GUILFORD COLLEGE, N. C., MARCH 24. 1945
Nancy Nunn and Virginia Weatherly, May Queen and Maid-of-Honor,
respectively, as determined by) straw vote.
T Presents Easier
Play on March 29
Perry, Kadow, Danenburg
Take Leading Roles in Play,
"The Terrible Meek"
The Student Christian Association,
formerly the Y. M. and Y. W. C. A., is
, sponsoring an Easter play, "The Ter
, rible Meek," by Charles Kennedy, which
will be presented on Thursday, March
2!t at 8 o'clock in Memorial Hall.
There are three roles which are filled
by Ethel Perry, August Kadow, and
William Danenburg. It is a dramatic
presentation of the crucifixion of Jesus
The play is being presented with the
hope of giving emphasis to the Kaster
season. There will In l 110 admission fee.
Library Adds Many
Volumes to Shelves
Books by Sandburg, Adams,
Chase, Tarkington Present
Various Fields of Interest
I The library lias a large number of
[ new books which will soon be put on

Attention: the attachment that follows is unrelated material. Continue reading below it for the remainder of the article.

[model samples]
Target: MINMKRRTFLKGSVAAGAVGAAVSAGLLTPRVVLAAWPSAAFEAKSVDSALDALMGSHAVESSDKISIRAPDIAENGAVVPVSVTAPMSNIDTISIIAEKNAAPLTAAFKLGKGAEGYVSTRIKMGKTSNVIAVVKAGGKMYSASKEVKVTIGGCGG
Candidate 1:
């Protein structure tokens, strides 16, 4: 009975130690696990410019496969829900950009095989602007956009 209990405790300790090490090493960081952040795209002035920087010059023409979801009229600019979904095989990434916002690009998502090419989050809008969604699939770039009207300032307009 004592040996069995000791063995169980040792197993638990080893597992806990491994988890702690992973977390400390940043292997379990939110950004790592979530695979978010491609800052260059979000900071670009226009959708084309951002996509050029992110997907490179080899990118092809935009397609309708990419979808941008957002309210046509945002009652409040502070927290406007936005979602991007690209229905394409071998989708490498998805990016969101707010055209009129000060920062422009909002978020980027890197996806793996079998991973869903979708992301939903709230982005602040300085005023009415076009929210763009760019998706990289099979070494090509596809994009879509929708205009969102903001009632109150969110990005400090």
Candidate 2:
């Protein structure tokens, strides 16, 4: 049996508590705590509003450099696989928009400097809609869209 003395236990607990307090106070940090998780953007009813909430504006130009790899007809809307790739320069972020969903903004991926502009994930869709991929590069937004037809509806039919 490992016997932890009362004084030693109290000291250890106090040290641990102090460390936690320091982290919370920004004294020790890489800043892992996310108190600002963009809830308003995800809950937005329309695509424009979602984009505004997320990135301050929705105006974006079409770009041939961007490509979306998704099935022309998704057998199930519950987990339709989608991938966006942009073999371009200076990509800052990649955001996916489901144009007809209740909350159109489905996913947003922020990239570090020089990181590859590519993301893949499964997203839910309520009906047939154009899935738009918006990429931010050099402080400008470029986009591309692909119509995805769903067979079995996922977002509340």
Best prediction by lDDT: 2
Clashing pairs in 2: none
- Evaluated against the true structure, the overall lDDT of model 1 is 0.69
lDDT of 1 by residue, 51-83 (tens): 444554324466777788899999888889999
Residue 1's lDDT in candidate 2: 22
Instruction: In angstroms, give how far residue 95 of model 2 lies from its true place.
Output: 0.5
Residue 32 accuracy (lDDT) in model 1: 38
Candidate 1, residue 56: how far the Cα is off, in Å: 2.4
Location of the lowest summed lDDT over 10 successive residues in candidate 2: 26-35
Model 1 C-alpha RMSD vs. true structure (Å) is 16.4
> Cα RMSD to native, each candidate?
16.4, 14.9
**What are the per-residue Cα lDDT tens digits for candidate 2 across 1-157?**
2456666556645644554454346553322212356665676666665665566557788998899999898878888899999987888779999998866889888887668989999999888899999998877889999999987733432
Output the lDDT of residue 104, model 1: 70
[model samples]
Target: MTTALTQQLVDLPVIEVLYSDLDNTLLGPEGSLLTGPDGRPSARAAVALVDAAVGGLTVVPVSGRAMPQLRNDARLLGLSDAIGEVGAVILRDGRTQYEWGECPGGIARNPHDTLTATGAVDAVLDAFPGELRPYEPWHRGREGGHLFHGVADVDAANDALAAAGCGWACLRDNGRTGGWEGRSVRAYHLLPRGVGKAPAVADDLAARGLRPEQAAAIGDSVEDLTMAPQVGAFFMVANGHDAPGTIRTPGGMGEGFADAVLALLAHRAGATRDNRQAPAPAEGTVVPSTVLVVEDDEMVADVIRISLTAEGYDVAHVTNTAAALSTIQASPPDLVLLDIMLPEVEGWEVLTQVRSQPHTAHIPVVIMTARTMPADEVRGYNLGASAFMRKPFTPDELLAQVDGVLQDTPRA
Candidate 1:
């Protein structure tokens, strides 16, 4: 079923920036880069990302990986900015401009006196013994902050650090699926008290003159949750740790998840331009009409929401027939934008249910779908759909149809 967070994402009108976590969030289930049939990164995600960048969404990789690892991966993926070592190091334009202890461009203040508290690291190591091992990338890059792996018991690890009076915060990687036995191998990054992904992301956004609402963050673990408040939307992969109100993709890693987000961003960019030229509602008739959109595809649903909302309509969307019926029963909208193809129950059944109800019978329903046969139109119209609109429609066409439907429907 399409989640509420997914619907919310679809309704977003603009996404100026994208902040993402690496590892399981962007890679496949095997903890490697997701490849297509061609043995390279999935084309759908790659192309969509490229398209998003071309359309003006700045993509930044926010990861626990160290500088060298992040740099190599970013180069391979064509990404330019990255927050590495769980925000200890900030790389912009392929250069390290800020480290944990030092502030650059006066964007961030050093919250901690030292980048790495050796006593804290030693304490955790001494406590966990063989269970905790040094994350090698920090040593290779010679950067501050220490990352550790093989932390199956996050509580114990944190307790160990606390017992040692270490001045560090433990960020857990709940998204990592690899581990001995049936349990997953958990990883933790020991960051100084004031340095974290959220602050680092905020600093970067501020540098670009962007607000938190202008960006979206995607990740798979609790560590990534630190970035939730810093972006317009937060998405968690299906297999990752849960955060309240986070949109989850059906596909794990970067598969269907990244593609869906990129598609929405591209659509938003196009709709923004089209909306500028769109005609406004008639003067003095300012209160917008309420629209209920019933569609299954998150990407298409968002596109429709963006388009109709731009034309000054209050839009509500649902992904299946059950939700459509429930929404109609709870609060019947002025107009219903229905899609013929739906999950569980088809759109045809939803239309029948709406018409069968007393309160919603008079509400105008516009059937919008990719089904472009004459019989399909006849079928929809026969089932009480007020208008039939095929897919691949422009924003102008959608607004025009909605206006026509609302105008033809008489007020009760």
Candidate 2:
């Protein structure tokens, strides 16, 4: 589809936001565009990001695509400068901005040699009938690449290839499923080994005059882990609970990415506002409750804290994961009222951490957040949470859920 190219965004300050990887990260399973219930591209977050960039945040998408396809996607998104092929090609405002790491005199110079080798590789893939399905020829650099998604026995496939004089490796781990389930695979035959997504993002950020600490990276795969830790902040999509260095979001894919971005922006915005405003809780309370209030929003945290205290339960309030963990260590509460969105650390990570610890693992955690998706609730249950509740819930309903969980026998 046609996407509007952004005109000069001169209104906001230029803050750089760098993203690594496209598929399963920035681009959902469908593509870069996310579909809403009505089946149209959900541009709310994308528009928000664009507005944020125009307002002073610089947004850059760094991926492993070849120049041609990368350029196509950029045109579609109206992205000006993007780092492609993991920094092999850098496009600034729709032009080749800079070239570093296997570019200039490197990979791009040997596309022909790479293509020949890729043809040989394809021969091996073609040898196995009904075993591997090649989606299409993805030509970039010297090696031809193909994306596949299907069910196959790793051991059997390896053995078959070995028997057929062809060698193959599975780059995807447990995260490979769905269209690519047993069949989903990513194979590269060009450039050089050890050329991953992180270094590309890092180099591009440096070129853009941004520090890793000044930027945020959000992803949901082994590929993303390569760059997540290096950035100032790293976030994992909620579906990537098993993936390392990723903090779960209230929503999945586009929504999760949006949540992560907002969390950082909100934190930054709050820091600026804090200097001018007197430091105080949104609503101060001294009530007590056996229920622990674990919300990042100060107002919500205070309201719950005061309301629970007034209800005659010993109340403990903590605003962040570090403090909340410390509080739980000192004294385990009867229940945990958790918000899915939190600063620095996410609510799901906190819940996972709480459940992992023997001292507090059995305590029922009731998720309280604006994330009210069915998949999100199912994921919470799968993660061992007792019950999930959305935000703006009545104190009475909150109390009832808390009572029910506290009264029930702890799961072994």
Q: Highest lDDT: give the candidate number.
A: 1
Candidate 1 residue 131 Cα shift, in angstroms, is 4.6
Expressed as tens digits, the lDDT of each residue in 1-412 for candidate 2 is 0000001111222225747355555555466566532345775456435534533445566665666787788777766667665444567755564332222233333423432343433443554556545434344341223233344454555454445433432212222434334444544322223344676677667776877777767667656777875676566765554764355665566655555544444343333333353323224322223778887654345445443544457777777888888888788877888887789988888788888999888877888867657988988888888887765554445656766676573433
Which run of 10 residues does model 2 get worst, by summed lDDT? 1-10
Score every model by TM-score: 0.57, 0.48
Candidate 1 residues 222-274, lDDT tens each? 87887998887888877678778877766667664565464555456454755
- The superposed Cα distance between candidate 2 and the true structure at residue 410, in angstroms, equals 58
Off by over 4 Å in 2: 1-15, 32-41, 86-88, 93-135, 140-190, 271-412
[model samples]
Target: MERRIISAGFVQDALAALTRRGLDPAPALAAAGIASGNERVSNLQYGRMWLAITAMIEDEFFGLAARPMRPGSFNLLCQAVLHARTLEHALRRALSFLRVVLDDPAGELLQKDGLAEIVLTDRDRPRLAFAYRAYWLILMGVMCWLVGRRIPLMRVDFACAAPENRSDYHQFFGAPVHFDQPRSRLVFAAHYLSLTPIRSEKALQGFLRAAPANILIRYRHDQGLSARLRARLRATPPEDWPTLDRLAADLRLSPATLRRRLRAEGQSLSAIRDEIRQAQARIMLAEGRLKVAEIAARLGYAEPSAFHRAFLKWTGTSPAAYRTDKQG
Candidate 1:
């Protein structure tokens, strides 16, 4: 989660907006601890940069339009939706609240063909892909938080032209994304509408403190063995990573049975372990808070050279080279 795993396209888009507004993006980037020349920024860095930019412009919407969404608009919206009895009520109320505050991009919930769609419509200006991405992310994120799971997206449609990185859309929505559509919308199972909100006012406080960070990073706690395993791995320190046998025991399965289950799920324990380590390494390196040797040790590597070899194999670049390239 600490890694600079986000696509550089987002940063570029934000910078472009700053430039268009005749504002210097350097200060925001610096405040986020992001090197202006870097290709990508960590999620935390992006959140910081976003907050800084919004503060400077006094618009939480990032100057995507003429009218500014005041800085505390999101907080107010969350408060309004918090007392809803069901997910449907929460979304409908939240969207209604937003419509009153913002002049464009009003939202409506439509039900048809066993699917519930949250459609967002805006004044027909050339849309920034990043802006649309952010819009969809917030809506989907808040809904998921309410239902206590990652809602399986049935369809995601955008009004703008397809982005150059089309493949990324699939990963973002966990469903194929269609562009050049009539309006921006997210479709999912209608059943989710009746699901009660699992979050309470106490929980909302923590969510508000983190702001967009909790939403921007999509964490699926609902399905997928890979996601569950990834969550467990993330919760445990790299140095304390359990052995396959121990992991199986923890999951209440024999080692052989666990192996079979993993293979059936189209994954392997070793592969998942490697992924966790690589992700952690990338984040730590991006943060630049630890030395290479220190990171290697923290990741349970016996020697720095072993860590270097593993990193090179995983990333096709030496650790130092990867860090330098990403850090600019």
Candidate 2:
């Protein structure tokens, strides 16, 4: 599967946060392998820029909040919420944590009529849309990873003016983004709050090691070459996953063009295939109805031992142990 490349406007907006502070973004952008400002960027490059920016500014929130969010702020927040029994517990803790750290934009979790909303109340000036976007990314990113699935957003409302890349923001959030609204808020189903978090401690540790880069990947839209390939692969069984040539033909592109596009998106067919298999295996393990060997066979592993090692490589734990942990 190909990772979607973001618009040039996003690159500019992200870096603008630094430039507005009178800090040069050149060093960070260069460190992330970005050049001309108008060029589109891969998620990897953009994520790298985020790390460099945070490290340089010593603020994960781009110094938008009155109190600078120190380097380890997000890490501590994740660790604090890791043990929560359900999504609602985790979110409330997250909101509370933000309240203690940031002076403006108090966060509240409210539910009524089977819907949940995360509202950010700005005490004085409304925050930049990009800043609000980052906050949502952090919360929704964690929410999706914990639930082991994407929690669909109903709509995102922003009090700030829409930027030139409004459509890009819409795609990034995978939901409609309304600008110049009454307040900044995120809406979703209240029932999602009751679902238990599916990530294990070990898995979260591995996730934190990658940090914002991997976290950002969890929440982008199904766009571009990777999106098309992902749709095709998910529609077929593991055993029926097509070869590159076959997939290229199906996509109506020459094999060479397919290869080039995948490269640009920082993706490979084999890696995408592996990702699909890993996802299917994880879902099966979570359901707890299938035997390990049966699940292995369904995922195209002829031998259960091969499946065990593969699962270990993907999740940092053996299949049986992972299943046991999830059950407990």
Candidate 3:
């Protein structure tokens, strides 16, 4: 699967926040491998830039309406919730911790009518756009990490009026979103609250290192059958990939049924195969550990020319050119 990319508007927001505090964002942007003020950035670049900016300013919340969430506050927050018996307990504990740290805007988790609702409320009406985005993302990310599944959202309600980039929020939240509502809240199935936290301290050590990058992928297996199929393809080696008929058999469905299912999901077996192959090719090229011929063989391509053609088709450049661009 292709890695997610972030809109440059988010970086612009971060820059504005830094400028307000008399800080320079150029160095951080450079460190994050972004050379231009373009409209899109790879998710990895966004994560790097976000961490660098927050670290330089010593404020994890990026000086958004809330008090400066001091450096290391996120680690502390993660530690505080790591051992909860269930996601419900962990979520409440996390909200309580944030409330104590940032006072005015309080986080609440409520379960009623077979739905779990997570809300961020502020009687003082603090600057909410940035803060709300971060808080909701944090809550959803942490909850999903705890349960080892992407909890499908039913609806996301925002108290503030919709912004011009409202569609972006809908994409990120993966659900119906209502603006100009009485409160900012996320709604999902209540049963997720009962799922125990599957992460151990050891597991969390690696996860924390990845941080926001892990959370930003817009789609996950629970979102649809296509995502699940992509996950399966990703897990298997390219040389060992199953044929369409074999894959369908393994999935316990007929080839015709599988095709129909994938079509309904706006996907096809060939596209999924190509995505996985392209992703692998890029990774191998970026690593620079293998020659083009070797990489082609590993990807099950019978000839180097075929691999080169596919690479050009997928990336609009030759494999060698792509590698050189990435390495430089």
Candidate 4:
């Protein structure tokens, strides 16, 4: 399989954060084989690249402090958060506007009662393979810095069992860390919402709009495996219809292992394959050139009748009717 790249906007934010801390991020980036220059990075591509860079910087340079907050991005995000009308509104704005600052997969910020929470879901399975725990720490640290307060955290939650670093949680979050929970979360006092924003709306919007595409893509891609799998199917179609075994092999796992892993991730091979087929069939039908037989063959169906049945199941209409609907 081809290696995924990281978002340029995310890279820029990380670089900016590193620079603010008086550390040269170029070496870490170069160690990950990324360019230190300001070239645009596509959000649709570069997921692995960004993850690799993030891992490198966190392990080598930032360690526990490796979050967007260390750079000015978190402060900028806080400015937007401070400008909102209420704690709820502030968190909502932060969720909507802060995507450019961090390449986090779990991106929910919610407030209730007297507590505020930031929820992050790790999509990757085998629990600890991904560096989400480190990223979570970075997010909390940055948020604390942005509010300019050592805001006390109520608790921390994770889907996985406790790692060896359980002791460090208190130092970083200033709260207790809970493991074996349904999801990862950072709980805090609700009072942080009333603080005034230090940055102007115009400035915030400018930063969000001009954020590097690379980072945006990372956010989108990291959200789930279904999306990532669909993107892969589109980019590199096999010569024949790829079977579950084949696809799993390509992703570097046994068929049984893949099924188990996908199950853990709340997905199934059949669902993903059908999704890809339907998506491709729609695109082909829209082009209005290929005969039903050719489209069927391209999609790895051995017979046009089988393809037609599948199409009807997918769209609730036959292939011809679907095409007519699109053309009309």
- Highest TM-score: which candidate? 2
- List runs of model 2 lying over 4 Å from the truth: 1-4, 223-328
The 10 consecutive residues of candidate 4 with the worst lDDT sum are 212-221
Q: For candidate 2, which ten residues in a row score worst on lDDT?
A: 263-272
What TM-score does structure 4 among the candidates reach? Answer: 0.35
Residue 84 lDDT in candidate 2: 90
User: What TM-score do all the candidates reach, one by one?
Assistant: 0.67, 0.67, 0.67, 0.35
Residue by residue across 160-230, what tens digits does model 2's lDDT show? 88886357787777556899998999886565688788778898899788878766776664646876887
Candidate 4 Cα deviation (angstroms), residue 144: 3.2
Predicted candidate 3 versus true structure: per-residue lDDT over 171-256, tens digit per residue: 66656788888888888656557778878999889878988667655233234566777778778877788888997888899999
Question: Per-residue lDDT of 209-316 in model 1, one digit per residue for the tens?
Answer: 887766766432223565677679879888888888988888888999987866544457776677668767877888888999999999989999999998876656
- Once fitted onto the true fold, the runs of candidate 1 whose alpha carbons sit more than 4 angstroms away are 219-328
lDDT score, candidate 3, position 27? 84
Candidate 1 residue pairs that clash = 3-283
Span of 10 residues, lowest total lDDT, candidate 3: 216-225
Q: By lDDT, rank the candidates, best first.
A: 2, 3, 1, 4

the shelves. Two of the finest of these
are the complete Abraham- Lincoln by
Carl Sandburg, done in five illustrated
volumes, and James Truslow Adams'
The March of Democracy, a history
of the United States, in six volumes.
Stuart Chase's book Democracy Un
iler Pressure, is a vital addition, as
is The Hall,mi Background by Bernard
Newman who lias a deep knowledge
of the peasants in the Balkan states.
All intriguing volume is Miracles
Ahead by Carlisle and Latham, reveal
ing how science and invention will im
prove our tomorrow.
11l religion, The Qcnins of Public
Worship by Heimoath is a practical,
enriching book on how public and pri
vate worship differ, while in art there
is Prom Drama to Theater by Kerno
dle, which illustrates the evolution of
our "picture frame and living picture"